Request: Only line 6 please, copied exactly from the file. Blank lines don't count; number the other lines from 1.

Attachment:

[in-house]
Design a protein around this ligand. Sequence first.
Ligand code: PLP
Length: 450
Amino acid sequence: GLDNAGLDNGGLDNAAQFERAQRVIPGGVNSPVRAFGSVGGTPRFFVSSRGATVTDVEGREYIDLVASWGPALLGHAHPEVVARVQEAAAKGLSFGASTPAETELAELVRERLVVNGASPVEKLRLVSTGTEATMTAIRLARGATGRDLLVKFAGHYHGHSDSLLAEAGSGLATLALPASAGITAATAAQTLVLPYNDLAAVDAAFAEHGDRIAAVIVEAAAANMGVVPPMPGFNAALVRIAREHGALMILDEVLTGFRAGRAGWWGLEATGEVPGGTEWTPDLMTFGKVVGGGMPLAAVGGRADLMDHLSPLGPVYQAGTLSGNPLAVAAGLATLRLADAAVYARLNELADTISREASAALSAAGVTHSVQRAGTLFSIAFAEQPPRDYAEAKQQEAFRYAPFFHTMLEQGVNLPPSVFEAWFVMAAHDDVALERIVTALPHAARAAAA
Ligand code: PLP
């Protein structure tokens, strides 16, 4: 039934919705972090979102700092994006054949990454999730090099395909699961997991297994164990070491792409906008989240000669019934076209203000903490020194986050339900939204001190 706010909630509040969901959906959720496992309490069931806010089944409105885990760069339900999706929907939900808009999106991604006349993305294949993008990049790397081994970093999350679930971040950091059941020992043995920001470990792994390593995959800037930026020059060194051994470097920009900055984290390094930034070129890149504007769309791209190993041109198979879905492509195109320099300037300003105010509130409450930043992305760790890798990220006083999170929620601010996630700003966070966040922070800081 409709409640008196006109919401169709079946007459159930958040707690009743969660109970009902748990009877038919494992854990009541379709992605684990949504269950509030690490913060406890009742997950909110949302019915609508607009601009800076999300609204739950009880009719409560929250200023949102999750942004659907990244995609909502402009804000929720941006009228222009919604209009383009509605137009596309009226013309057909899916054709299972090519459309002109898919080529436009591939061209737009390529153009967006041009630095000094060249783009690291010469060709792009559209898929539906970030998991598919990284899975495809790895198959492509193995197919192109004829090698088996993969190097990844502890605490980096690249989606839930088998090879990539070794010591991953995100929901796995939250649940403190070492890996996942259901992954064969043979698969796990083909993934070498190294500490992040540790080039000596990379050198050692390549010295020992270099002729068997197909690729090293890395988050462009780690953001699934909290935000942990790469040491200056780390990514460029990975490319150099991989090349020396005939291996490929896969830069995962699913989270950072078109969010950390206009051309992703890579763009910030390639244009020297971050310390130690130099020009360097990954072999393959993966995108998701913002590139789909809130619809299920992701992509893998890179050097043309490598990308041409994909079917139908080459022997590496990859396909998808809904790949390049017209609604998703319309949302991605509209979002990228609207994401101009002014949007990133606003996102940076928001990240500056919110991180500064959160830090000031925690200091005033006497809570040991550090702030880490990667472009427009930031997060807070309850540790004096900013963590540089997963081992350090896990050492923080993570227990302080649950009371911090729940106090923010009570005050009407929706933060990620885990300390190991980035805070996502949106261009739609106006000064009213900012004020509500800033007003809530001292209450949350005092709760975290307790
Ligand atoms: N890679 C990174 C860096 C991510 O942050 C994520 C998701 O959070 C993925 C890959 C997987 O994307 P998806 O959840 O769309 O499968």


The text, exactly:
Ligand code: PLP